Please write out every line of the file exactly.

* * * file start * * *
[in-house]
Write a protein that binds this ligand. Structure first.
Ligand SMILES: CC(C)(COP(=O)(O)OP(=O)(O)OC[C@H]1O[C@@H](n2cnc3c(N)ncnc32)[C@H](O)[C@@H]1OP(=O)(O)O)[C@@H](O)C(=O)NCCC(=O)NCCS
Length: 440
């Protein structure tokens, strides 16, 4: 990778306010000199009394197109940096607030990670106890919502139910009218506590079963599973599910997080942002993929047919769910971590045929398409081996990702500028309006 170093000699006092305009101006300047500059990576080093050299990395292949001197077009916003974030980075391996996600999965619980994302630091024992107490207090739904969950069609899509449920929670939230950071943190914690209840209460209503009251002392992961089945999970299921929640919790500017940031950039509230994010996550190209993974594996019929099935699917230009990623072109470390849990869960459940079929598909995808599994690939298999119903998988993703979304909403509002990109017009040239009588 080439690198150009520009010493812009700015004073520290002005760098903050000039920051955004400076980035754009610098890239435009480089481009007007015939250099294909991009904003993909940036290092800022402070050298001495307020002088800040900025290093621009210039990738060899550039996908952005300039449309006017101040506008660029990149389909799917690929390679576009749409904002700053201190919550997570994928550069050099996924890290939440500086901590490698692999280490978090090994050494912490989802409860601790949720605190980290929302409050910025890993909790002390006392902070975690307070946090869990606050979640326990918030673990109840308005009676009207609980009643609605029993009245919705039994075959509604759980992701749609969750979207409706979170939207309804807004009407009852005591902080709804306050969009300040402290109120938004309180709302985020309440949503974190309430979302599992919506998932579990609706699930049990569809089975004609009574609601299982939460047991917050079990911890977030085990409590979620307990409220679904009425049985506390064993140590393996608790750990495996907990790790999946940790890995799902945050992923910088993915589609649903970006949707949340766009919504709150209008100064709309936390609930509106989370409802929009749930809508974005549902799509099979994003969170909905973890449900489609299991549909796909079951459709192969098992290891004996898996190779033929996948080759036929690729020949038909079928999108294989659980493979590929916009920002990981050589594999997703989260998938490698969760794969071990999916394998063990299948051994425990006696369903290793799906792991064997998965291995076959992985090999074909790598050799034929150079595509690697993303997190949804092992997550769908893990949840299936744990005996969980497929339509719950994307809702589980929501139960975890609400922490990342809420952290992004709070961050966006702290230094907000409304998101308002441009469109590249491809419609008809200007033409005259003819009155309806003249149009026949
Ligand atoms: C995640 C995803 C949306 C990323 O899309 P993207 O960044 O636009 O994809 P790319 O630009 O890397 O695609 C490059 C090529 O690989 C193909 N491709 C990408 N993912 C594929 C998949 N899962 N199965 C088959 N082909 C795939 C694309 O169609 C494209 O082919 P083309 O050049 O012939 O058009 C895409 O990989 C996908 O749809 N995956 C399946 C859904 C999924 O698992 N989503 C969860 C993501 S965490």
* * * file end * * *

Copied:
[in-house]
Write a protein that binds this ligand. Structure first.
Ligand SMILES: CC(C)(COP(=O)(O)OP(=O)(O)OC[C@H]1O[C@@H](n2cnc3c(N)ncnc32)[C@H](O)[C@@H]1OP(=O)(O)O)[C@@H](O)C(=O)NCCC(=O)NCCS
Length: 440
């Protein structure tokens, strides 16, 4: 990778306010000199009394197109940096607030990670106890919502139910009218506590079963599973599910997080942002993929047919769910971590045929398409081996990702500028309006 170093000699006092305009101006300047500059990576080093050299990395292949001197077009916003974030980075391996996600999965619980994302630091024992107490207090739904969950069609899509449920929670939230950071943190914690209840209460209503009251002392992961089945999970299921929640919790500017940031950039509230994010996550190209993974594996019929099935699917230009990623072109470390849990869960459940079929598909995808599994690939298999119903998988993703979304909403509002990109017009040239009588 080439690198150009520009010493812009700015004073520290002005760098903050000039920051955004400076980035754009610098890239435009480089481009007007015939250099294909991009904003993909940036290092800022402070050298001495307020002088800040900025290093621009210039990738060899550039996908952005300039449309006017101040506008660029990149389909799917690929390679576009749409904002700053201190919550997570994928550069050099996924890290939440500086901590490698692999280490978090090994050494912490989802409860601790949720605190980290929302409050910025890993909790002390006392902070975690307070946090869990606050979640326990918030673990109840308005009676009207609980009643609605029993009245919705039994075959509604759980992701749609969750979207409706979170939207309804807004009407009852005591902080709804306050969009300040402290109120938004309180709302985020309440949503974190309430979302599992919506998932579990609706699930049990569809089975004609009574609601299982939460047991917050079990911890977030085990409590979620307990409220679904009425049985506390064993140590393996608790750990495996907990790790999946940790890995799902945050992923910088993915589609649903970006949707949340766009919504709150209008100064709309936390609930509106989370409802929009749930809508974005549902799509099979994003969170909905973890449900489609299991549909796909079951459709192969098992290891004996898996190779033929996948080759036929690729020949038909079928999108294989659980493979590929916009920002990981050589594999997703989260998938490698969760794969071990999916394998063990299948051994425990006696369903290793799906792991064997998965291995076959992985090999074909790598050799034929150079595509690697993303997190949804092992997550769908893990949840299936744990005996969980497929339509719950994307809702589980929501139960975890609400922490990342809420952290992004709070961050966006702290230094907000409304998101308002441009469109590249491809419609008809200007033409005259003819009155309806003249149009026949
Ligand atoms: C995640 C995803 C949306 C990323 O899309 P993207 O960044 O636009 O994809 P790319 O630009 O890397 O695609 C490059 C090529 O690989 C193909 N491709 C990408 N993912 C594929 C998949 N899962 N199965 C088959 N082909 C795939 C694309 O169609 C494209 O082919 P083309 O050049 O012939 O058009 C895409 O990989 C996908 O749809 N995956 C399946 C859904 C999924 O698992 N989503 C969860 C993501 S965490």